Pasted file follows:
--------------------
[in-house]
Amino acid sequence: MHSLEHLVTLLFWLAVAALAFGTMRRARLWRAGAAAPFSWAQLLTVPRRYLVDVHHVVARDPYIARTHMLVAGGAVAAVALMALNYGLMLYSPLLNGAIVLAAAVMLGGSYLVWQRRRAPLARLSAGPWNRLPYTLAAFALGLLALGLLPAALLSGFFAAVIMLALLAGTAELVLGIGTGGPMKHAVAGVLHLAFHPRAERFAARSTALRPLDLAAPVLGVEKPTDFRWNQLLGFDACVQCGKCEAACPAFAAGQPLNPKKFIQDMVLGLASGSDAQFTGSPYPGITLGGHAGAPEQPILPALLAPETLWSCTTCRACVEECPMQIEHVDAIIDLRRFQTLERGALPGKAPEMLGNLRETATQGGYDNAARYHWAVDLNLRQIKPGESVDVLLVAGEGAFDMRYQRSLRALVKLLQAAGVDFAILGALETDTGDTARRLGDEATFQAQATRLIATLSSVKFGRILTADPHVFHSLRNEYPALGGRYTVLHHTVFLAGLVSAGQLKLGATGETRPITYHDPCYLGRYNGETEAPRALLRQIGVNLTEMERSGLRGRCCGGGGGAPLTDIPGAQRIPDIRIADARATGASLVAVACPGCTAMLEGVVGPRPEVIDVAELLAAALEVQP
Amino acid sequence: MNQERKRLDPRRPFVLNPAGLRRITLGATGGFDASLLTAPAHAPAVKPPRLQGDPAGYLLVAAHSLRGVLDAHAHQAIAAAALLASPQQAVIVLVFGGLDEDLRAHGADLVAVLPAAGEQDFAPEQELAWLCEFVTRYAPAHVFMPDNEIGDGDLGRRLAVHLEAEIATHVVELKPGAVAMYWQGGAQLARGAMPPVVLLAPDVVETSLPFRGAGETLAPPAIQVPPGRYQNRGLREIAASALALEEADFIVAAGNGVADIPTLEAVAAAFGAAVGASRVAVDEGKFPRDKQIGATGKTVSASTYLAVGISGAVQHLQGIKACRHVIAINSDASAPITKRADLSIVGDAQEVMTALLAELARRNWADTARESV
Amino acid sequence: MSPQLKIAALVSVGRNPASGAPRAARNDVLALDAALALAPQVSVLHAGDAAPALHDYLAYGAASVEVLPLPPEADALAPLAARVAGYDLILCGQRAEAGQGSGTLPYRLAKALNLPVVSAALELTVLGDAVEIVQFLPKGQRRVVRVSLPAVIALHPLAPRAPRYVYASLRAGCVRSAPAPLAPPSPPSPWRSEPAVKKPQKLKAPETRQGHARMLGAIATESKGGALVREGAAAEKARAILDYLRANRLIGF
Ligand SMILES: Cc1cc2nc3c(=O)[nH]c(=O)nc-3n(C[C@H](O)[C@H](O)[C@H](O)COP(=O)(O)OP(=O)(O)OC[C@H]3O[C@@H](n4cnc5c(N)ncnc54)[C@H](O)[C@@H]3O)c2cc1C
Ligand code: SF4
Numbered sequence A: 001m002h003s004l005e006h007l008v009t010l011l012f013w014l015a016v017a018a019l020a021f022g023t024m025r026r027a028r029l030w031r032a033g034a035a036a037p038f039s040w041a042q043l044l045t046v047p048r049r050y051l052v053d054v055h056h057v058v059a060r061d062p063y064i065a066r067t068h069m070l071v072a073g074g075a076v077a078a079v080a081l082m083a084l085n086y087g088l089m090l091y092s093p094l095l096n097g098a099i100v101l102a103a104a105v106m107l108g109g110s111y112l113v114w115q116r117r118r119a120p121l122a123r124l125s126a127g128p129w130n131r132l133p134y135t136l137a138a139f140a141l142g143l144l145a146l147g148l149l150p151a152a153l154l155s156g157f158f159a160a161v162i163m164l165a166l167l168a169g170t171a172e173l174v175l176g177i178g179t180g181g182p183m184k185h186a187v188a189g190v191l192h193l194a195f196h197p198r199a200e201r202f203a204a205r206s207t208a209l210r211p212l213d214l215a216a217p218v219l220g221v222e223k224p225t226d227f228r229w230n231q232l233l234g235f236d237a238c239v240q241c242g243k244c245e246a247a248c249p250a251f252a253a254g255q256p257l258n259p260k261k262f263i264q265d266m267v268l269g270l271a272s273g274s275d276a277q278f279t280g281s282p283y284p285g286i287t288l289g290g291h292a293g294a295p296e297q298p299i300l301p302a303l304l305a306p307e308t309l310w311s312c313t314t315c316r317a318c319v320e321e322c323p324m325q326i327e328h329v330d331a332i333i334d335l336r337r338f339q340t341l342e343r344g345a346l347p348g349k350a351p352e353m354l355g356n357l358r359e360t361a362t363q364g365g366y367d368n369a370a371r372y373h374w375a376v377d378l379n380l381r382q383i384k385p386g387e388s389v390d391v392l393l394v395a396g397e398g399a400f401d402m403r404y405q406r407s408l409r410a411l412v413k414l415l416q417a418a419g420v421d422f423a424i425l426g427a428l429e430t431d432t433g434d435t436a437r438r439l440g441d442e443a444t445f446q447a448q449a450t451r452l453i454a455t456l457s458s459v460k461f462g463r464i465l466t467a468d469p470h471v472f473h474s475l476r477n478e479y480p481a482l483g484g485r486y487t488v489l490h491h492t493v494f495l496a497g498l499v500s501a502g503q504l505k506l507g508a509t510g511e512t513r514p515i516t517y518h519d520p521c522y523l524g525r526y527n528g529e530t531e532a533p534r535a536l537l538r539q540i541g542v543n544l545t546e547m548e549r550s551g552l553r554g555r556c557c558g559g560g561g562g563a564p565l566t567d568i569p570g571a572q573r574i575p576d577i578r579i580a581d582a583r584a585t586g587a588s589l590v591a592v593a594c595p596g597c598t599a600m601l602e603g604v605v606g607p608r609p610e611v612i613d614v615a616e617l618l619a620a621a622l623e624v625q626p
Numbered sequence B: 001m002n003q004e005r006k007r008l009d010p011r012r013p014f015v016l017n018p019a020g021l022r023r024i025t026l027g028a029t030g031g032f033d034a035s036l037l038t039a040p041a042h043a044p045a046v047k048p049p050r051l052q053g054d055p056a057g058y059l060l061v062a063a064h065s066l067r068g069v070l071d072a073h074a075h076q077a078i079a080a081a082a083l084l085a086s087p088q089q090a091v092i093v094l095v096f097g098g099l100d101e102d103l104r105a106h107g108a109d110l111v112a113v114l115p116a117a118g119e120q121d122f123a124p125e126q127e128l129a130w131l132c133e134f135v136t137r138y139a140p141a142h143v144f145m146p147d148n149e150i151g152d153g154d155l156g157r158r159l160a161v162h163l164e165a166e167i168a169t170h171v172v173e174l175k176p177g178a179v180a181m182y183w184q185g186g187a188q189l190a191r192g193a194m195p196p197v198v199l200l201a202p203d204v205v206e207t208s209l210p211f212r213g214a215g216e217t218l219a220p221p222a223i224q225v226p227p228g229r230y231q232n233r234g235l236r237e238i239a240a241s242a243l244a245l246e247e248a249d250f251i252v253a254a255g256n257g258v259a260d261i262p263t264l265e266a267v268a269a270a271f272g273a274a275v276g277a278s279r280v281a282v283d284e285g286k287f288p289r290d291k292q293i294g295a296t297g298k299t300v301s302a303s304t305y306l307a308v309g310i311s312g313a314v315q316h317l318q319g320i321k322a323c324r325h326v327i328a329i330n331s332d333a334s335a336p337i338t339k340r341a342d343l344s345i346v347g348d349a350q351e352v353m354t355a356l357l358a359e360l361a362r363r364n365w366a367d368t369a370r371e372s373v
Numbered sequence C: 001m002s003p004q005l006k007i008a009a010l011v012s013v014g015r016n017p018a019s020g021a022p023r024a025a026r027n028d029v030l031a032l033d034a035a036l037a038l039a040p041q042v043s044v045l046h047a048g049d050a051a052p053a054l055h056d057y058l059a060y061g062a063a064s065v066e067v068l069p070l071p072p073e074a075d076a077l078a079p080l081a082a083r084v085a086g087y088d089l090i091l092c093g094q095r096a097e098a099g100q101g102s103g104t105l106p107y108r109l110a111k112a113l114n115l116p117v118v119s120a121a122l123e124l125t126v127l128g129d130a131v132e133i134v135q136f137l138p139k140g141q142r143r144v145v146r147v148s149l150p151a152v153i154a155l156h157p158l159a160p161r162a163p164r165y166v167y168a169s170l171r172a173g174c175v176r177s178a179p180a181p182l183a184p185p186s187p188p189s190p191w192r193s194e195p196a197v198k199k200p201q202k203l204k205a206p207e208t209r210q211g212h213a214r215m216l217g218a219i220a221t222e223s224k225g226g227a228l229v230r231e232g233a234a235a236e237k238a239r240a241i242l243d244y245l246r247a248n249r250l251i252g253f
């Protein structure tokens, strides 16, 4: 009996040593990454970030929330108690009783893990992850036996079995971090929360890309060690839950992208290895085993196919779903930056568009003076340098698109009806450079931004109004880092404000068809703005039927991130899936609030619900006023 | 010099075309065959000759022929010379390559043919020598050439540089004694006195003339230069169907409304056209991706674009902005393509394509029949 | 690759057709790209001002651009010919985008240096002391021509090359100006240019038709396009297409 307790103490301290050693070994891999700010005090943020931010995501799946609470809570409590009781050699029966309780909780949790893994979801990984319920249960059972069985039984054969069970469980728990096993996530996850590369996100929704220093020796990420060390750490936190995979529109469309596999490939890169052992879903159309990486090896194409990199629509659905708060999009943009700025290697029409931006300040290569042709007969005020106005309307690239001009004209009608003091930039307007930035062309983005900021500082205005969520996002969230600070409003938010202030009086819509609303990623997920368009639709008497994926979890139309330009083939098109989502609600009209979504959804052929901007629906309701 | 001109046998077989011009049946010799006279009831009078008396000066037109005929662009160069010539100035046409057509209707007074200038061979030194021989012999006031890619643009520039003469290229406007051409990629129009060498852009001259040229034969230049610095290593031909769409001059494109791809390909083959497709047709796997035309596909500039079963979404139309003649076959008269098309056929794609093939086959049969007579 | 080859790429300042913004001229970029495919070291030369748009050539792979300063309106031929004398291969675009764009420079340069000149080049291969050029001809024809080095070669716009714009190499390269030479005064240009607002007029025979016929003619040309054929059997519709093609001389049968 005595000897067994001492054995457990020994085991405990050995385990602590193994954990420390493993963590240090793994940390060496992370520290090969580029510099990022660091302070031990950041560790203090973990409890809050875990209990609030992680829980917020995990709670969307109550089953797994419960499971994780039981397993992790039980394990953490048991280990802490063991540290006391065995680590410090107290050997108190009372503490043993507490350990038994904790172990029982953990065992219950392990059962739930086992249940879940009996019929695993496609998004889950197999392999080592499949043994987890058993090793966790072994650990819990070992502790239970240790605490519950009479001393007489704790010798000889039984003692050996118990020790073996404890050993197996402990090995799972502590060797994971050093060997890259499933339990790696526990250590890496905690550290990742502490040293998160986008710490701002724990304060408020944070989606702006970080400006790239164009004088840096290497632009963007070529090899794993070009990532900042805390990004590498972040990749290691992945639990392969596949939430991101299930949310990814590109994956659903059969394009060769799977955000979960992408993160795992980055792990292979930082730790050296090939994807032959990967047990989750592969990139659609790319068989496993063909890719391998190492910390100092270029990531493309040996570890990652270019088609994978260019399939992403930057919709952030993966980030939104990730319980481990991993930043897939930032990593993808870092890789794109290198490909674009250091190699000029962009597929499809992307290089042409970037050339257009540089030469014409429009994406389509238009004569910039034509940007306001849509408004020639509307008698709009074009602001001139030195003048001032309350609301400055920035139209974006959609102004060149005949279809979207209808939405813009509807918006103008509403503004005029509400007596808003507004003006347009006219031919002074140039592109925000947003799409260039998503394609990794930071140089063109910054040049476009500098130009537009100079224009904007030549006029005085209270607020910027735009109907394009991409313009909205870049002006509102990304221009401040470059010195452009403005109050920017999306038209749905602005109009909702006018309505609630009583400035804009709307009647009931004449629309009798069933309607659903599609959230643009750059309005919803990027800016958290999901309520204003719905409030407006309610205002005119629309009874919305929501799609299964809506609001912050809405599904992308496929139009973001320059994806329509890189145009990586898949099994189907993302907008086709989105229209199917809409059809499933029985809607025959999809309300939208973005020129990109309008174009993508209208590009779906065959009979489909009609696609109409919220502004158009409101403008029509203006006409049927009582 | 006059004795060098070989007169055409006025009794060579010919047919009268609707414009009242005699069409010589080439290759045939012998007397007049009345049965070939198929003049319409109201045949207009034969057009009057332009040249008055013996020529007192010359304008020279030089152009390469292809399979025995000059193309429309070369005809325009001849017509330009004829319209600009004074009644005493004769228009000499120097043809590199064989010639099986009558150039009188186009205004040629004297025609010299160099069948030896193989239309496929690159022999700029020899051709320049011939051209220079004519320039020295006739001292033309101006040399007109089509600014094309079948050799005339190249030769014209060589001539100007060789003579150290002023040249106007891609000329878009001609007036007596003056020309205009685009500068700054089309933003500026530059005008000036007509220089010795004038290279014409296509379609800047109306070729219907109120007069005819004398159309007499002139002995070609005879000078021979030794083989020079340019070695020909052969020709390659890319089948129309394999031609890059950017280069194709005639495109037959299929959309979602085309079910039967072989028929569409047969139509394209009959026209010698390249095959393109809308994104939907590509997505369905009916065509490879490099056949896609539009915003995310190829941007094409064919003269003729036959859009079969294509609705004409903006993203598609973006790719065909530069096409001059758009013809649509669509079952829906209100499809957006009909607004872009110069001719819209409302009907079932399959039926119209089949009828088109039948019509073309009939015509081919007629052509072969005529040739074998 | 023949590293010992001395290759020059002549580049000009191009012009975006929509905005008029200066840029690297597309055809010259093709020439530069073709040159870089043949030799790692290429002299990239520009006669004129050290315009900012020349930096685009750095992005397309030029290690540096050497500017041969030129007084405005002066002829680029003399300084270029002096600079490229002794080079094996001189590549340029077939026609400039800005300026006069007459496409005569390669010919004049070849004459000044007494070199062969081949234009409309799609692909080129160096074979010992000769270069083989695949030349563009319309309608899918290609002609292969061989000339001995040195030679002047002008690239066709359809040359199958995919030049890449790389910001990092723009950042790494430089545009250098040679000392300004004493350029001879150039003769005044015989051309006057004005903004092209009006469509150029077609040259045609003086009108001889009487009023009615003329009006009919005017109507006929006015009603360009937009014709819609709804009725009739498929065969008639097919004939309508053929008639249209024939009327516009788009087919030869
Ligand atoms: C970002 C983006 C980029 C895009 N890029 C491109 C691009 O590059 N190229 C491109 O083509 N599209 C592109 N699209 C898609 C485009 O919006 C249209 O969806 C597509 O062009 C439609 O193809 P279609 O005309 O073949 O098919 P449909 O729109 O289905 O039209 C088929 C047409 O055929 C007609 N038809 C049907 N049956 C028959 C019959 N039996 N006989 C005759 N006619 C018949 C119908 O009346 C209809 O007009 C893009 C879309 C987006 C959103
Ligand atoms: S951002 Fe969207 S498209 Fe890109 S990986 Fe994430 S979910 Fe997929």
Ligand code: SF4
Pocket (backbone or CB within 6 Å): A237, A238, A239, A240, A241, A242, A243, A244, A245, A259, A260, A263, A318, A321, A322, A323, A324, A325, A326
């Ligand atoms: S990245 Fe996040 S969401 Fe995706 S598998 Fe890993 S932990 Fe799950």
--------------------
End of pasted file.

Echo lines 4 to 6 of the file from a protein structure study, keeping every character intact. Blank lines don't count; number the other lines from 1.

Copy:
Amino acid sequence: MSPQLKIAALVSVGRNPASGAPRAARNDVLALDAALALAPQVSVLHAGDAAPALHDYLAYGAASVEVLPLPPEADALAPLAARVAGYDLILCGQRAEAGQGSGTLPYRLAKALNLPVVSAALELTVLGDAVEIVQFLPKGQRRVVRVSLPAVIALHPLAPRAPRYVYASLRAGCVRSAPAPLAPPSPPSPWRSEPAVKKPQKLKAPETRQGHARMLGAIATESKGGALVREGAAAEKARAILDYLRANRLIGF
Ligand SMILES: Cc1cc2nc3c(=O)[nH]c(=O)nc-3n(C[C@H](O)[C@H](O)[C@H](O)COP(=O)(O)OP(=O)(O)OC[C@H]3O[C@@H](n4cnc5c(N)ncnc54)[C@H](O)[C@@H]3O)c2cc1C
Ligand code: SF4